Across the United States and in other parts of the world, there are roads and streets, schools and community centers, colleges and church buildings and statues which honor Doctor Martin Luther King, Junior. By the power of his ideas, his oratory, and his courage, Dr. King inspired those who work for social justice, civil rights, and peace during his lifetime, and his legacy of inspiration is in part carried on by these memorials and honors. His life, his work, and his philosophies are studied in colleges, and in his hometown of Atlanta, Georgia, The King Center remembers his life and encourages those who continue to think about and practice non violence. In Atlanta, too, the places where Martin Luther King lived are now national historic sites administered by the National Park Service.
It is a quieter and perhaps less well known remembrance of Dr. KIng that I always find most moving, though.
In concourse E of the Hartsfield Jackson International Airport in Atlanta, Georgia, there are panels telling. briefly, the story of Dr. King’s life. There is the small radio he used to carry with him to listen to news reports while he participated in freedom walks. There are photos of him as a small child, and there are the robes he wore when he was presented with the Nobel Peace Prize. There is the suit Dr. King wore to a meeting with President Lyndon Johnson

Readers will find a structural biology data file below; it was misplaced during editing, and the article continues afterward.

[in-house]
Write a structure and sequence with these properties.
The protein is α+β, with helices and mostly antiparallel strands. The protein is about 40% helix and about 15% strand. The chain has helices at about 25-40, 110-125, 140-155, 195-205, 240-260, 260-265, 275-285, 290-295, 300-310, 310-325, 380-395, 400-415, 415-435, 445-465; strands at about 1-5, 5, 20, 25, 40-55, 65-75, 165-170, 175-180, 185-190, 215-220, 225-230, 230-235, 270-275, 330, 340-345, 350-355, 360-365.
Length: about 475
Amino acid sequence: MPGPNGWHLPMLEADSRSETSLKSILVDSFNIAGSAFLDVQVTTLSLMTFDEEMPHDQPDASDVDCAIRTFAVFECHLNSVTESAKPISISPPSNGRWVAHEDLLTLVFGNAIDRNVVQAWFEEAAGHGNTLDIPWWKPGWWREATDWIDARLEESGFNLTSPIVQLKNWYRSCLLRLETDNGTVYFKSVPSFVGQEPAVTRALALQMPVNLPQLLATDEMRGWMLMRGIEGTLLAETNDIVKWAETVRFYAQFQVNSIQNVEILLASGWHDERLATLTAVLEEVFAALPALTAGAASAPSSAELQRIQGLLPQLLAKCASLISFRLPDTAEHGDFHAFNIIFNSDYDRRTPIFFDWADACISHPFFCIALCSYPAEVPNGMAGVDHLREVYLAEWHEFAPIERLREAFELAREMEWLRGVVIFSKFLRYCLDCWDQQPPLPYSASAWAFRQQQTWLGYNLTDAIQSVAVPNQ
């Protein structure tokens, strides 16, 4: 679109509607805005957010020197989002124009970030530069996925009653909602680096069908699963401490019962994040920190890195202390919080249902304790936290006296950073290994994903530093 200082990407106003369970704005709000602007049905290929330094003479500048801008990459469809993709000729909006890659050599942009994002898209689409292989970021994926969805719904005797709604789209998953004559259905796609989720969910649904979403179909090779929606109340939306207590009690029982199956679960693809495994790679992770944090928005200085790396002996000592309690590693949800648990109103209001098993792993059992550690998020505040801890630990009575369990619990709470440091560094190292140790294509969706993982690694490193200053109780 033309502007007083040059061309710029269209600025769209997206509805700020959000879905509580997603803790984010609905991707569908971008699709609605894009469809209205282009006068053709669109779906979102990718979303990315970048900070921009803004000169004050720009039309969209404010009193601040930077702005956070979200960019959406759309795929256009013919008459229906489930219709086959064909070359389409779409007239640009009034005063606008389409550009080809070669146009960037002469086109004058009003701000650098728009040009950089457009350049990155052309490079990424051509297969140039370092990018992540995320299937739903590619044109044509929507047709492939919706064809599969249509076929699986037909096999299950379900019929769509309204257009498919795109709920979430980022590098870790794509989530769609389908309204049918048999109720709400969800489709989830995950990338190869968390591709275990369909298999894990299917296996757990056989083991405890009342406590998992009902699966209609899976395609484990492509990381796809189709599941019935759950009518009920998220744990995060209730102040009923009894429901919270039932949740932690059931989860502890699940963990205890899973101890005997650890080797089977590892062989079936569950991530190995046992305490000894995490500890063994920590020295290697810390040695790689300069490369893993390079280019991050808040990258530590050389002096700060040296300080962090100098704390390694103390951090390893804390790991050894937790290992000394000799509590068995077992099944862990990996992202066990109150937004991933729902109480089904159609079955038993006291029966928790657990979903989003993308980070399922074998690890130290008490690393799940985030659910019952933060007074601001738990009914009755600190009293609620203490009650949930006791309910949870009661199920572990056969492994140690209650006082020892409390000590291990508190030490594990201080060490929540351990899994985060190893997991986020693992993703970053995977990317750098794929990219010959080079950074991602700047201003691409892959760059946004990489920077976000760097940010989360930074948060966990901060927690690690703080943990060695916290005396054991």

There is a pair of his glasses, notes for a speech, and books he read.
There are photographs, too. of Martin Luther King playing ball with his son and eating dinner with his wife and children.
This is King the leader, yes, the preacher, the man of international stature who took risks for social justice. More than that, this is King the man, with photographs and items which offer a glimpse in to the human dimension of his life and just what it was he risked.
It is not a flashy exhibit, making its points indirectly. The panels are just near the stairs opening into concourse E, right by the Interfaith Chapel. Until recently, concourse E at Atlanta was the main arrival and departure point for international flights — many still do come and go from that part of Hartsfield Jackson, as do flights from all across the US — and there are other sometimes changing exhibits in that area. Word is that the Martin Luther King exhibit, which is comprised of material from the King Center, may be expanded and enlarged.
That will be fine, if it happens. It has stood as I’ve told of it here through many years of my time passing through the Atlanta airport. As it stands, it is a quiet sharing of the work of a great leader, and a reminder of and tribute to Martin Luther King, Junior, the man. That’s enough.
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